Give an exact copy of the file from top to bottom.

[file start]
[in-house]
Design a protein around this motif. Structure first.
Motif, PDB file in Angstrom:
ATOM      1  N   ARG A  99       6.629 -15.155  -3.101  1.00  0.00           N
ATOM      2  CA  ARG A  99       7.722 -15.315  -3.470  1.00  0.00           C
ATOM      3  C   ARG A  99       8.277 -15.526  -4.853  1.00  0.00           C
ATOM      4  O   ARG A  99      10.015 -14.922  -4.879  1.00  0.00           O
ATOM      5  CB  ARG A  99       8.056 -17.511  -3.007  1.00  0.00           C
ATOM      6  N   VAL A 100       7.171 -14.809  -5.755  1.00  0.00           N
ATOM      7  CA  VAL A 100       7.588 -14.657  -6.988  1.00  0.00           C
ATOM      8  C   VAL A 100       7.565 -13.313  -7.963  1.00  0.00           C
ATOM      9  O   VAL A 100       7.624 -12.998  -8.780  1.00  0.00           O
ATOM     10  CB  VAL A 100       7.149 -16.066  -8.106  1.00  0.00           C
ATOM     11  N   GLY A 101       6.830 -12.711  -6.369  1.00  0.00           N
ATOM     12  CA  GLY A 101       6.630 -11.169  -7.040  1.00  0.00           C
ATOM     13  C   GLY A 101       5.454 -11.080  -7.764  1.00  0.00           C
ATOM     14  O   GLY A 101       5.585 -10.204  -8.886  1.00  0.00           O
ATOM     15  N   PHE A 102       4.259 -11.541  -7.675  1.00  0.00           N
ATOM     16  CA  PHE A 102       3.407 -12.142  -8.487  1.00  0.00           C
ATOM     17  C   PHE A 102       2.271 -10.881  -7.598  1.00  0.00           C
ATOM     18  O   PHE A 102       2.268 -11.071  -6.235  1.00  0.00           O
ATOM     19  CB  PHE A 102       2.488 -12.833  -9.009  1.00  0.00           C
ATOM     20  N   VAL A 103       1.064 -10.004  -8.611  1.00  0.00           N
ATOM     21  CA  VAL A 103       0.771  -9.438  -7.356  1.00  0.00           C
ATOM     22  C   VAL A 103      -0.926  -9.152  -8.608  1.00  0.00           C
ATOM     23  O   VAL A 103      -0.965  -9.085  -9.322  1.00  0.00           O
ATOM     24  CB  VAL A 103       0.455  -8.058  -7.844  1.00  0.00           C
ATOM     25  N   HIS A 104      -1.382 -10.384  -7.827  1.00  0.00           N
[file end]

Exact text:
[in-house]
Design a protein around this motif. Structure first.
Motif, PDB file in Angstrom:
ATOM      1  N   ARG A  99       6.629 -15.155  -3.101  1.00  0.00           N
ATOM      2  CA  ARG A  99       7.722 -15.315  -3.470  1.00  0.00           C
ATOM      3  C   ARG A  99       8.277 -15.526  -4.853  1.00  0.00           C
ATOM      4  O   ARG A  99      10.015 -14.922  -4.879  1.00  0.00           O
ATOM      5  CB  ARG A  99       8.056 -17.511  -3.007  1.00  0.00           C
ATOM      6  N   VAL A 100       7.171 -14.809  -5.755  1.00  0.00           N
ATOM      7  CA  VAL A 100       7.588 -14.657  -6.988  1.00  0.00           C
ATOM      8  C   VAL A 100       7.565 -13.313  -7.963  1.00  0.00           C
ATOM      9  O   VAL A 100       7.624 -12.998  -8.780  1.00  0.00           O
ATOM     10  CB  VAL A 100       7.149 -16.066  -8.106  1.00  0.00           C
ATOM     11  N   GLY A 101       6.830 -12.711  -6.369  1.00  0.00           N
ATOM     12  CA  GLY A 101       6.630 -11.169  -7.040  1.00  0.00           C
ATOM     13  C   GLY A 101       5.454 -11.080  -7.764  1.00  0.00           C
ATOM     14  O   GLY A 101       5.585 -10.204  -8.886  1.00  0.00           O
ATOM     15  N   PHE A 102       4.259 -11.541  -7.675  1.00  0.00           N
ATOM     16  CA  PHE A 102       3.407 -12.142  -8.487  1.00  0.00           C
ATOM     17  C   PHE A 102       2.271 -10.881  -7.598  1.00  0.00           C
ATOM     18  O   PHE A 102       2.268 -11.071  -6.235  1.00  0.00           O
ATOM     19  CB  PHE A 102       2.488 -12.833  -9.009  1.00  0.00           C
ATOM     20  N   VAL A 103       1.064 -10.004  -8.611  1.00  0.00           N
ATOM     21  CA  VAL A 103       0.771  -9.438  -7.356  1.00  0.00           C
ATOM     22  C   VAL A 103      -0.926  -9.152  -8.608  1.00  0.00           C
ATOM     23  O   VAL A 103      -0.965  -9.085  -9.322  1.00  0.00           O
ATOM     24  CB  VAL A 103       0.455  -8.058  -7.844  1.00  0.00           C
ATOM     25  N   HIS A 104      -1.382 -10.384  -7.827  1.00  0.00           N